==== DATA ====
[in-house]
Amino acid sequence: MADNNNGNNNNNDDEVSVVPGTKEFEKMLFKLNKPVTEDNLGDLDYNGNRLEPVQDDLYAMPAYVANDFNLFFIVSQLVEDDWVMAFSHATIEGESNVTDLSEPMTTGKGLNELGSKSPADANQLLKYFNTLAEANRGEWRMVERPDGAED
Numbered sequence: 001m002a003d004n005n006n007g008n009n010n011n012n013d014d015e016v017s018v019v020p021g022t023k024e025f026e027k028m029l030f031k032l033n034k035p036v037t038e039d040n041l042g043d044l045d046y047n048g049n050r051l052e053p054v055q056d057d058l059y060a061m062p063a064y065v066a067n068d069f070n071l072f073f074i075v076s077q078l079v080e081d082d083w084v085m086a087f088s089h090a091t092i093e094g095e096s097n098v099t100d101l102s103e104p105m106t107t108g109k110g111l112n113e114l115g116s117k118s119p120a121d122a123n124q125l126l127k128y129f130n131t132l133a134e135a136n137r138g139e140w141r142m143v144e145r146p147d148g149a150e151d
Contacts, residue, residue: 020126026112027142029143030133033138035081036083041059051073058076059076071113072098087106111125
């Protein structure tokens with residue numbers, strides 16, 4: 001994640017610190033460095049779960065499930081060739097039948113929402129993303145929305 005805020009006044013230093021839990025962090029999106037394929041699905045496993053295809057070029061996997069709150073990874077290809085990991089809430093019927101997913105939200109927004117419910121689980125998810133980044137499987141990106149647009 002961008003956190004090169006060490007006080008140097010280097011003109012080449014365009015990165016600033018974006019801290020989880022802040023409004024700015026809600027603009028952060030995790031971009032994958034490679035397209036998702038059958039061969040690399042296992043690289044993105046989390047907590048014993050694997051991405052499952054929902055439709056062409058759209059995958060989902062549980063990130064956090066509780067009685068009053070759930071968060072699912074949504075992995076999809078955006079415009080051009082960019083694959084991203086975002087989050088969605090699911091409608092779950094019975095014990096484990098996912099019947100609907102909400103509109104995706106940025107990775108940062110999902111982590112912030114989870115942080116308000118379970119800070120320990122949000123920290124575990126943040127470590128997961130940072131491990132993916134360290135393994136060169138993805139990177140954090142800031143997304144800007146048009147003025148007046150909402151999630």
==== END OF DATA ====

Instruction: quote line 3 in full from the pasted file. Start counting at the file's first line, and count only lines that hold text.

Numbered sequence: 001m002a003d004n005n006n007g008n009n010n011n012n013d014d015e016v017s018v019v020p021g022t023k024e025f026e027k028m029l030f031k032l033n034k035p036v037t038e039d040n041l042g043d044l045d046y047n048g049n050r051l052e053p054v055q056d057d058l059y060a061m062p063a064y065v066a067n068d069f070n071l072f073f074i075v076s077q078l079v080e081d082d083w084v085m086a087f088s089h090a091t092i093e094g095e096s097n098v099t100d101l102s103e104p105m106t107t108g109k110g111l112n113e114l115g116s117k118s119p120a121d122a123n124q125l126l127k128y129f130n131t132l133a134e135a136n137r138g139e140w141r142m143v144e145r146p147d148g149a150e151d